The EU recorded a gaping trade surplus of €67bn over the US in the six months to June yesterday, potentially adding grist to the mill for US President Donald Trump, whose tariffs against the bloc threatened to take the pair into trade war territory earlier this summer.
EU exports to the US grew four per cent to €198bn between January and June this year compared to the same period last year, while US imports to the 28 member countries fell 2.4 per cent to €131bn, leading to a 20 per cent higher trade surplus than the EU enjoyed in the first half of 2017.
The news comes against a backdrop of the pair imposing tariffs on one another in an escalating feud that threatened to harm international relations.
Trump and EU Commission President Jean-Claude Juncker agreed to work towards “zero tariffs” late last month, but the latest figures might make for unhappy reading at the White House.
Exports from the continent to the rest of the world grew 8.2 per cent year-on-year to hit €171.5bn in June, while imports stood at €164.6bn, up 8.4 per cent, leaving the EU with a trade surplus of €6.9bn.
Christina Parthenidou, XM investment analyst, took it as “a signal that Trump might keep adding pressure on his European counterparts”.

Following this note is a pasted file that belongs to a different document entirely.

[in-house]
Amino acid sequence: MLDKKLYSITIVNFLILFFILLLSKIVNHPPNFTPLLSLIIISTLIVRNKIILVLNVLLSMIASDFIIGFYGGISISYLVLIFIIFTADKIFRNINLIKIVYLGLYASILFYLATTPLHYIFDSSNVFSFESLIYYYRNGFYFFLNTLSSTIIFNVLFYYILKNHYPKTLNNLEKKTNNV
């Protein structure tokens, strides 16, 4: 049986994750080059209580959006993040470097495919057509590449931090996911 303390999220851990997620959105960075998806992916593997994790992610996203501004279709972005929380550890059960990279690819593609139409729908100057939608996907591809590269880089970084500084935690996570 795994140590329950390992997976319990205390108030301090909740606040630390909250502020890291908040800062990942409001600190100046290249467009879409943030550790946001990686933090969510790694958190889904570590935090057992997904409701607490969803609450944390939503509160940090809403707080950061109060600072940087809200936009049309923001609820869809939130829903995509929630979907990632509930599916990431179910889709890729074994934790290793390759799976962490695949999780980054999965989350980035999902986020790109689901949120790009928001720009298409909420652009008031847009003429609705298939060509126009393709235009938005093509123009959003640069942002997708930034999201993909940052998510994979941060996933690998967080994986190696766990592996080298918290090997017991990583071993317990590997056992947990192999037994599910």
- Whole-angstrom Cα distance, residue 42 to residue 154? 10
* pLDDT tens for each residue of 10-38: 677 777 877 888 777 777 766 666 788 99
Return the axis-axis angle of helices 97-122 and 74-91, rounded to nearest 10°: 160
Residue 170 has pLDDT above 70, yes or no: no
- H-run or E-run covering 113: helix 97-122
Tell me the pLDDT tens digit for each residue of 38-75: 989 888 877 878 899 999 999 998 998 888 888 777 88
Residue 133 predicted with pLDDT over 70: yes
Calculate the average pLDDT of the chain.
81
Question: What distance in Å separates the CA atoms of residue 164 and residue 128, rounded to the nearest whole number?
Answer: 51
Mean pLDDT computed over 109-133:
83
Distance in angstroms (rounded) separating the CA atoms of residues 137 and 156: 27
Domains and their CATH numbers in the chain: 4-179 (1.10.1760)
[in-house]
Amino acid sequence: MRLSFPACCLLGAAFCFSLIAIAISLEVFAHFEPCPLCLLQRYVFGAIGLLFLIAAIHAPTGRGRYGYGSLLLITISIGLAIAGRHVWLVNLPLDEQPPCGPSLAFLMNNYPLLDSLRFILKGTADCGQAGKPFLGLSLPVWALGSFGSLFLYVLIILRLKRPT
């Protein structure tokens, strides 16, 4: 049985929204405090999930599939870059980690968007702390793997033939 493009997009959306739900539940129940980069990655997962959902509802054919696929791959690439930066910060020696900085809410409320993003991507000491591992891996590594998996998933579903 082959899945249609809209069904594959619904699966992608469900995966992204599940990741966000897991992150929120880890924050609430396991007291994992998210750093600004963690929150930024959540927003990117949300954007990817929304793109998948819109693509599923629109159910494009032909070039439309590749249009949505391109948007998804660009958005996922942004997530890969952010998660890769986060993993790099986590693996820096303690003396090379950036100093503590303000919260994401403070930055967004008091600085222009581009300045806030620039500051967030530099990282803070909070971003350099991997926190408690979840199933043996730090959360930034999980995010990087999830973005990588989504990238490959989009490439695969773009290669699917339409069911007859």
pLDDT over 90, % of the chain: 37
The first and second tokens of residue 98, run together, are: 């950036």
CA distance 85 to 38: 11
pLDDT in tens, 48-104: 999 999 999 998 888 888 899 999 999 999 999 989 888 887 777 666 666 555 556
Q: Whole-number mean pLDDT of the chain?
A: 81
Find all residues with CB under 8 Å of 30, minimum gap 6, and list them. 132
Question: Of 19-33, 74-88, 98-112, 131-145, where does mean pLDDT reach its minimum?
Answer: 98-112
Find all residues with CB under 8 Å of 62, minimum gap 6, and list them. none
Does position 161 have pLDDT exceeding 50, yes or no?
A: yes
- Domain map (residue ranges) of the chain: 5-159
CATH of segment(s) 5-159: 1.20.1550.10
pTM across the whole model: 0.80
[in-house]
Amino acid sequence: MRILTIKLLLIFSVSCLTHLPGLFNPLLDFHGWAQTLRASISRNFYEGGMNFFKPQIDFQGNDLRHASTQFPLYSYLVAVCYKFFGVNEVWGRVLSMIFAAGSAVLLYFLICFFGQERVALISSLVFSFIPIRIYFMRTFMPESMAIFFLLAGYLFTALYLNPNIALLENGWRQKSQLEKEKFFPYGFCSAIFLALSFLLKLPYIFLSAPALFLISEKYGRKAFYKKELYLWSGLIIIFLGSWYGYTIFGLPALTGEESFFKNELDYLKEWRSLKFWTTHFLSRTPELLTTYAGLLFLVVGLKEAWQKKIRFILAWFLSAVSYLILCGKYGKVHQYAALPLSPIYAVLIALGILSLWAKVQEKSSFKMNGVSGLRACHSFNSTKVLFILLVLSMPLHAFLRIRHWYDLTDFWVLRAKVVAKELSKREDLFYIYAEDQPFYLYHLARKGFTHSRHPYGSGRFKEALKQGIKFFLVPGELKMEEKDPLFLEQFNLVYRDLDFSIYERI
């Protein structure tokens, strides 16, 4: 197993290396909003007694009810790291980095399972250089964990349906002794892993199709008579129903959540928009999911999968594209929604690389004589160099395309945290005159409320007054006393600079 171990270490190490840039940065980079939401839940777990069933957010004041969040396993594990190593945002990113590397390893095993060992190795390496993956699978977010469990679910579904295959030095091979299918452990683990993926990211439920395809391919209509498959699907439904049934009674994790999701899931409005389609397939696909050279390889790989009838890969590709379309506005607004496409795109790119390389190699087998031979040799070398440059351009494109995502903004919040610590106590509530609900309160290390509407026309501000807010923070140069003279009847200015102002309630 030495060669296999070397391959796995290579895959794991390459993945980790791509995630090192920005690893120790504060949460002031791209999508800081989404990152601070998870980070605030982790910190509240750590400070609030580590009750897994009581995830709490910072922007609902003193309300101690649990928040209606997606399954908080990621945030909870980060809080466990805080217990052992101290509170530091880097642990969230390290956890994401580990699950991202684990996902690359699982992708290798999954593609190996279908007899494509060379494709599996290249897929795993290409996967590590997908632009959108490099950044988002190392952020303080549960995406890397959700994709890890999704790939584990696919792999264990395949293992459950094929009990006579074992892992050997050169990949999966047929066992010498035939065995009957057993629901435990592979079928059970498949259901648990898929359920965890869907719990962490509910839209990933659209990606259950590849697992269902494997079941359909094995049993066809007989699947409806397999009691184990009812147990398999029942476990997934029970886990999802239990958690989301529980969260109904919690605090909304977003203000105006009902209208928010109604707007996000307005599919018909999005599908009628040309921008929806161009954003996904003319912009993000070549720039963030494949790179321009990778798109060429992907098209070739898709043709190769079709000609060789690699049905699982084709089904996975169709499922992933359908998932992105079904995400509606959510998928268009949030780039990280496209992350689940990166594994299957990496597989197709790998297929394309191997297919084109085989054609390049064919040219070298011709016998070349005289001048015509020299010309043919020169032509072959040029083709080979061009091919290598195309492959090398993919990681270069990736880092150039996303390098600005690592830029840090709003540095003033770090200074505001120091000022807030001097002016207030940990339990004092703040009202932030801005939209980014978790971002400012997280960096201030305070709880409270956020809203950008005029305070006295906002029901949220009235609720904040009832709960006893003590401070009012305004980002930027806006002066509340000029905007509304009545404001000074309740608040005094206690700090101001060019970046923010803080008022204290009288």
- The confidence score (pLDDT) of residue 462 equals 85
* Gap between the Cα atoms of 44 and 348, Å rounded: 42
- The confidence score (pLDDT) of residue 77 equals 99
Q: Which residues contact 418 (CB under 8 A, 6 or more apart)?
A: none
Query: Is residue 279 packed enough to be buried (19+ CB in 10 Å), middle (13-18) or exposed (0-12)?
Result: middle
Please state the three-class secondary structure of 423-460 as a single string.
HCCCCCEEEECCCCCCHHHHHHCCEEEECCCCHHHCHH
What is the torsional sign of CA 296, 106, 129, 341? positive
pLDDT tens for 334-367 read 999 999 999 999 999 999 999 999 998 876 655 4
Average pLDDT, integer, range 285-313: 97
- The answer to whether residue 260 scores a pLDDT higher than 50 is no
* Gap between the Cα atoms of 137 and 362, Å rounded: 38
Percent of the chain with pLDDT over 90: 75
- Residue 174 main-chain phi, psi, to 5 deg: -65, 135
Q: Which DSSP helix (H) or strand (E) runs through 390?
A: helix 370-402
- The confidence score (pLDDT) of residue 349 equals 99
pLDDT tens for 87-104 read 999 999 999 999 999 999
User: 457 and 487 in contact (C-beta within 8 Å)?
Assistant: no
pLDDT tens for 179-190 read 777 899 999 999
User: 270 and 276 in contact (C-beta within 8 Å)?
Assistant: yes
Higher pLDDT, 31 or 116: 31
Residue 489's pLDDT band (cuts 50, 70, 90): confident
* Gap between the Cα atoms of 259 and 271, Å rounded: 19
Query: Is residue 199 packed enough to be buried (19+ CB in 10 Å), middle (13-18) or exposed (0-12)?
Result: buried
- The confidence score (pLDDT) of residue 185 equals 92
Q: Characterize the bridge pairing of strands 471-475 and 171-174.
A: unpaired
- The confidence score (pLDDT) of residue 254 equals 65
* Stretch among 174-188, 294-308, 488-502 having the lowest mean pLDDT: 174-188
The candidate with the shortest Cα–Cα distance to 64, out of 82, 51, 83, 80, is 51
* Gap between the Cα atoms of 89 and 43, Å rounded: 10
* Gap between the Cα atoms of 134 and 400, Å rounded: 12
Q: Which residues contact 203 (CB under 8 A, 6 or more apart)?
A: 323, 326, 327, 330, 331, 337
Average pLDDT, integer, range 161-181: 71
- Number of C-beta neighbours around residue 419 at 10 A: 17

The Euro/US dollar strengthened 0.25 per cent on the news to trade at 1.1371.
The US president issued tariffs against steel and aluminium imports from the EU in May, along with other countries like China, prompting the EU to respond with tariffs of its own targeting €2.8bn of US goods including blue jeans, boats and bourbon.
But both sides agreed to a detente at the end of July to improve trade relations, with the EU aiming to import more liquefied natural gas from the US, and both agreeing to work to resolve the recent tariffs.
These de-escalating trade tensions has boosted Euro stocks and US equity futures, according to trading platform Oanda, while in contrast Turkey’s lira suffers after the US doubled tariffs on the country’s steel and aluminium exports.
Trump is also in the middle of a tariff dispute with China, but the two nations are to hold a fresh round of trade talks in Washington later this month, discussing £40bn of US tariffs on Chinese exports and retaliatory tariffs from China.